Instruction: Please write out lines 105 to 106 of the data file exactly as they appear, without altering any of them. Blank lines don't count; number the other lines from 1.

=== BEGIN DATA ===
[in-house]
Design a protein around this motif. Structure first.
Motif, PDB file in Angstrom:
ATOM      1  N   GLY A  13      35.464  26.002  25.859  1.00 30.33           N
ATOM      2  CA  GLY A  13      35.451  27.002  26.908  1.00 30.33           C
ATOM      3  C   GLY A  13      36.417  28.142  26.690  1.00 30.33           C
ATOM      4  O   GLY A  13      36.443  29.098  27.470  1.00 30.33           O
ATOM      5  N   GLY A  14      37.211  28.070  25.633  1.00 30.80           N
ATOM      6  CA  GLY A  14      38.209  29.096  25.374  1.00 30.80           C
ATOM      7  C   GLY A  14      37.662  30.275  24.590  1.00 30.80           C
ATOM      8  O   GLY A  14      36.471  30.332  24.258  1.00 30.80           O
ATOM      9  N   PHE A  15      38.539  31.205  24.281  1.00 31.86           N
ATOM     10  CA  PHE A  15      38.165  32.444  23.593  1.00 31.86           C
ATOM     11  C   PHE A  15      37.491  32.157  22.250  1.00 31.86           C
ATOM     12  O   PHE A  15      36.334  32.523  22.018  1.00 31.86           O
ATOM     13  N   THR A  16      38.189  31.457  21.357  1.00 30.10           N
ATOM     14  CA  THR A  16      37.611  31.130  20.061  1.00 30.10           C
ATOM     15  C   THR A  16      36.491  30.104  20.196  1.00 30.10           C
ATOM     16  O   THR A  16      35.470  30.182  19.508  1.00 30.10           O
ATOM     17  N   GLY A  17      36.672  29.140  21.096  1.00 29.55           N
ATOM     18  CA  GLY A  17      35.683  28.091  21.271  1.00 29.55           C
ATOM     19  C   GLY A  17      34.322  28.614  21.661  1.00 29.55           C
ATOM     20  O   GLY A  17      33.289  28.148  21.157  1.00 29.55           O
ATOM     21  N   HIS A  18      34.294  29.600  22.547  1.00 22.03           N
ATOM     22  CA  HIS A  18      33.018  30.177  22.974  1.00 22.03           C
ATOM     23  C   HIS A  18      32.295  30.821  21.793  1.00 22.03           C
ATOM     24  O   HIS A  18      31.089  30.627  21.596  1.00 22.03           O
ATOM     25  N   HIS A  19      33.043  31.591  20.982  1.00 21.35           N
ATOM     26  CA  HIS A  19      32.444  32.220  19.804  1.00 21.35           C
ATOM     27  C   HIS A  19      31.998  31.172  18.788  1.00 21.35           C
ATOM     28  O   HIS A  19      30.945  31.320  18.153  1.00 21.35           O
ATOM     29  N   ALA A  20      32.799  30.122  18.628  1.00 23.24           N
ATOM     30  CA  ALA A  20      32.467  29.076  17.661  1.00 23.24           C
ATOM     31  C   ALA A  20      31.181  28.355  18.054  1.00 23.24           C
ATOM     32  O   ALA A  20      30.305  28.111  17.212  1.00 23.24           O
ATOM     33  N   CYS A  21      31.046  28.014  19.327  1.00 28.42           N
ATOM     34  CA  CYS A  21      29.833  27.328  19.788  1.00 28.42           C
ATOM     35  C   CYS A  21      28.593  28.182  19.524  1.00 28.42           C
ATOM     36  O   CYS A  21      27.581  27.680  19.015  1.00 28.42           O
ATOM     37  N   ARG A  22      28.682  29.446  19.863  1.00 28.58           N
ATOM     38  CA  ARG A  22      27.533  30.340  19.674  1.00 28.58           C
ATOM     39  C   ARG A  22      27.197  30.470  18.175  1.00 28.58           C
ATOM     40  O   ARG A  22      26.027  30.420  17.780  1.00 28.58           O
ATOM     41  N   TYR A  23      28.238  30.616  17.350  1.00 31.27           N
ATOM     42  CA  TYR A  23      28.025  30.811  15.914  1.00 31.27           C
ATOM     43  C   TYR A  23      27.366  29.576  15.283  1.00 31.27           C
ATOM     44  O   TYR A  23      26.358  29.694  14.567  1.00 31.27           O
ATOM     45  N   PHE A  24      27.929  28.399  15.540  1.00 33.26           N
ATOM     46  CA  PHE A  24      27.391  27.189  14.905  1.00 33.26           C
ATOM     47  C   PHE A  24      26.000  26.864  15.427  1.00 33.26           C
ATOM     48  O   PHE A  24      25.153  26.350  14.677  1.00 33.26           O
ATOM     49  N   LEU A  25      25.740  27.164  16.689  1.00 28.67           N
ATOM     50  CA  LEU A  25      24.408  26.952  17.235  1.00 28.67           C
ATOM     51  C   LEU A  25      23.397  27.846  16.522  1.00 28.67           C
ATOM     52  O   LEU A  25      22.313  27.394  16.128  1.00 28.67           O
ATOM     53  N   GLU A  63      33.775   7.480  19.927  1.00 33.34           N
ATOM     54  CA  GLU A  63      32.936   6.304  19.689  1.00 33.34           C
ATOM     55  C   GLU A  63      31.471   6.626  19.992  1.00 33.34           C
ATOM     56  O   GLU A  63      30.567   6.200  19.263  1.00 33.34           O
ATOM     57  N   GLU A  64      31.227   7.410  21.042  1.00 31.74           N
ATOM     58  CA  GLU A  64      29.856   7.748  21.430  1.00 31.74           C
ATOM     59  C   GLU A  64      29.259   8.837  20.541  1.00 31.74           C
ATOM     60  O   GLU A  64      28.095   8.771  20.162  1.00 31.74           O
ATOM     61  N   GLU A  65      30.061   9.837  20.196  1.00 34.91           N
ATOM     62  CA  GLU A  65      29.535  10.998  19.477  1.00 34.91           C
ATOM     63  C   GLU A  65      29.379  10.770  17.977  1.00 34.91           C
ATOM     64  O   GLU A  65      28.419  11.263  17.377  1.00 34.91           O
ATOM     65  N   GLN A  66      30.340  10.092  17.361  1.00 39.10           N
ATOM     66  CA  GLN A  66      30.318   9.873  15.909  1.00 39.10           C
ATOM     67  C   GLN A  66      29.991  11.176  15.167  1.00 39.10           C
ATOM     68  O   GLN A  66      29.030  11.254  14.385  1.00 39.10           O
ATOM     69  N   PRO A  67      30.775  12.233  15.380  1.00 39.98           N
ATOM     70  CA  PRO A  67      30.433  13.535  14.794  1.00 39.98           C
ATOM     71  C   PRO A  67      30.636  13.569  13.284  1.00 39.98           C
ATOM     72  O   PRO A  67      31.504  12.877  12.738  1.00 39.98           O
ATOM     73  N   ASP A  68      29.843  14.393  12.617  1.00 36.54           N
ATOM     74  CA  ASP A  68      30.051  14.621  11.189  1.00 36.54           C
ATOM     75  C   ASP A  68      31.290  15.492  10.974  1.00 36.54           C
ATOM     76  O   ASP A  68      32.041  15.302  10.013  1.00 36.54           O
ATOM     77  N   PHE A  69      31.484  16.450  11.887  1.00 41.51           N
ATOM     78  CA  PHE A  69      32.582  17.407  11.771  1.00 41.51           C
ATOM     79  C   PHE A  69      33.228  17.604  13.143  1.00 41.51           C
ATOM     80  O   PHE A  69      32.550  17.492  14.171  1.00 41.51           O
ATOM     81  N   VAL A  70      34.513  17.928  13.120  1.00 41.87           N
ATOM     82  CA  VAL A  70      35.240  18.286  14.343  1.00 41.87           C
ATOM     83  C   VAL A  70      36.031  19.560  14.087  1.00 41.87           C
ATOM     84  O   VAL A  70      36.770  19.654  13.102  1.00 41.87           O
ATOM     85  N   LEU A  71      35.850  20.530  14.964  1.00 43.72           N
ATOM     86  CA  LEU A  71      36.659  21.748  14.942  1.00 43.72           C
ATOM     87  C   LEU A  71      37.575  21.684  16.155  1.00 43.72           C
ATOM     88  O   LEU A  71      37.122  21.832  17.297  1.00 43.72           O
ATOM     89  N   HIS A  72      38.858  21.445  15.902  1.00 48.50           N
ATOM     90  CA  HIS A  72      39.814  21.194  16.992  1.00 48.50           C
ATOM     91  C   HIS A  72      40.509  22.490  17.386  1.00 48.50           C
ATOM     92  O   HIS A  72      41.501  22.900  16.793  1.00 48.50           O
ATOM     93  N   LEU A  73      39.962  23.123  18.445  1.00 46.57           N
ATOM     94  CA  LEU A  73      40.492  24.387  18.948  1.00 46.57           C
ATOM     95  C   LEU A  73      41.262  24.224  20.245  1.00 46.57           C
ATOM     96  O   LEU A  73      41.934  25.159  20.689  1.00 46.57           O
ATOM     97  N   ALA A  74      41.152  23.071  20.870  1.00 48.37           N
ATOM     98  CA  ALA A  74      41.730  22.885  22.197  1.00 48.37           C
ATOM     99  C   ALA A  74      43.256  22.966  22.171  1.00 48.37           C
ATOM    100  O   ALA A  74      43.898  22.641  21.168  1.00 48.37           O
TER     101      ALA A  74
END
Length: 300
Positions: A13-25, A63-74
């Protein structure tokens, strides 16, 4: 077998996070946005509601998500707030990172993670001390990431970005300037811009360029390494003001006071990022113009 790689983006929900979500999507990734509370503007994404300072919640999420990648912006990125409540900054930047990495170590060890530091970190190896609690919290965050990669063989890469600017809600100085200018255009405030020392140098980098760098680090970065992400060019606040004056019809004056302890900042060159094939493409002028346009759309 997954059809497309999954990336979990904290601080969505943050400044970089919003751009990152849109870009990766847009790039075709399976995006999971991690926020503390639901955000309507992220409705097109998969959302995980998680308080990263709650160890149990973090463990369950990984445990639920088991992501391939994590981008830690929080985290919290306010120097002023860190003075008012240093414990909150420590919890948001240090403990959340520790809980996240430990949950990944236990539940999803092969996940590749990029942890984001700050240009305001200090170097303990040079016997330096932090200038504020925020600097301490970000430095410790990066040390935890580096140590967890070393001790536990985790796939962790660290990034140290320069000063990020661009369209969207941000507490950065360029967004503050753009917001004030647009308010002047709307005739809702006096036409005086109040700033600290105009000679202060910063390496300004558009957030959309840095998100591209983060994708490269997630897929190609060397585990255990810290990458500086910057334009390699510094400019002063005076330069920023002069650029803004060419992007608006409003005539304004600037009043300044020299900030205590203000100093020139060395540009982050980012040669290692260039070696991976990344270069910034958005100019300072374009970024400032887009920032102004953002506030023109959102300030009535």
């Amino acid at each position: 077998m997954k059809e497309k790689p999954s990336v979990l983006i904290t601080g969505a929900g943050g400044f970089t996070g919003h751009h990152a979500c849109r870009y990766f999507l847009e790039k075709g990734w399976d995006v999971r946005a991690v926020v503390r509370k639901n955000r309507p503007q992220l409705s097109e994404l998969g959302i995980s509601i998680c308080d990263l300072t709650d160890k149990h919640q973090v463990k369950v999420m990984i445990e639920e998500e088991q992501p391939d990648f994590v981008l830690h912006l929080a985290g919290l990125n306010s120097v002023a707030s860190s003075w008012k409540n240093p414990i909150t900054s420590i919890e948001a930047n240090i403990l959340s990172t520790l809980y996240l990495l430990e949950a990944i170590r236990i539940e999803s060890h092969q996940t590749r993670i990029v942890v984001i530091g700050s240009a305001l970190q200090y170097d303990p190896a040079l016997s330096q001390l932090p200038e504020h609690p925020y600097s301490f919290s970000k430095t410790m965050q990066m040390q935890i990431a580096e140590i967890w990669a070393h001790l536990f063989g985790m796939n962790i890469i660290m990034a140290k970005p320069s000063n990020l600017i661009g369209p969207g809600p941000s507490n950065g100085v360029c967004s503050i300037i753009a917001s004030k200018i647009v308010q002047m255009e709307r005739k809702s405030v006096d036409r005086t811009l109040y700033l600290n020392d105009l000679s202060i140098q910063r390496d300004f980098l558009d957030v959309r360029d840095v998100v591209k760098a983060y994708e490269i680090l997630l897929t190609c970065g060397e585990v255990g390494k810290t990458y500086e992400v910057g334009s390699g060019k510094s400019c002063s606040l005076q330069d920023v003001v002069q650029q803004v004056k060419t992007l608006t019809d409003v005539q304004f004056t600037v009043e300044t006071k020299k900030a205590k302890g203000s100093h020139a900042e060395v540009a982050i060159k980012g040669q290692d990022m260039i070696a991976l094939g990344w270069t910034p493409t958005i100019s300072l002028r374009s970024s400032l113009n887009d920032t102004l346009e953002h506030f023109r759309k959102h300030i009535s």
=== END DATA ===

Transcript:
END
Length: 300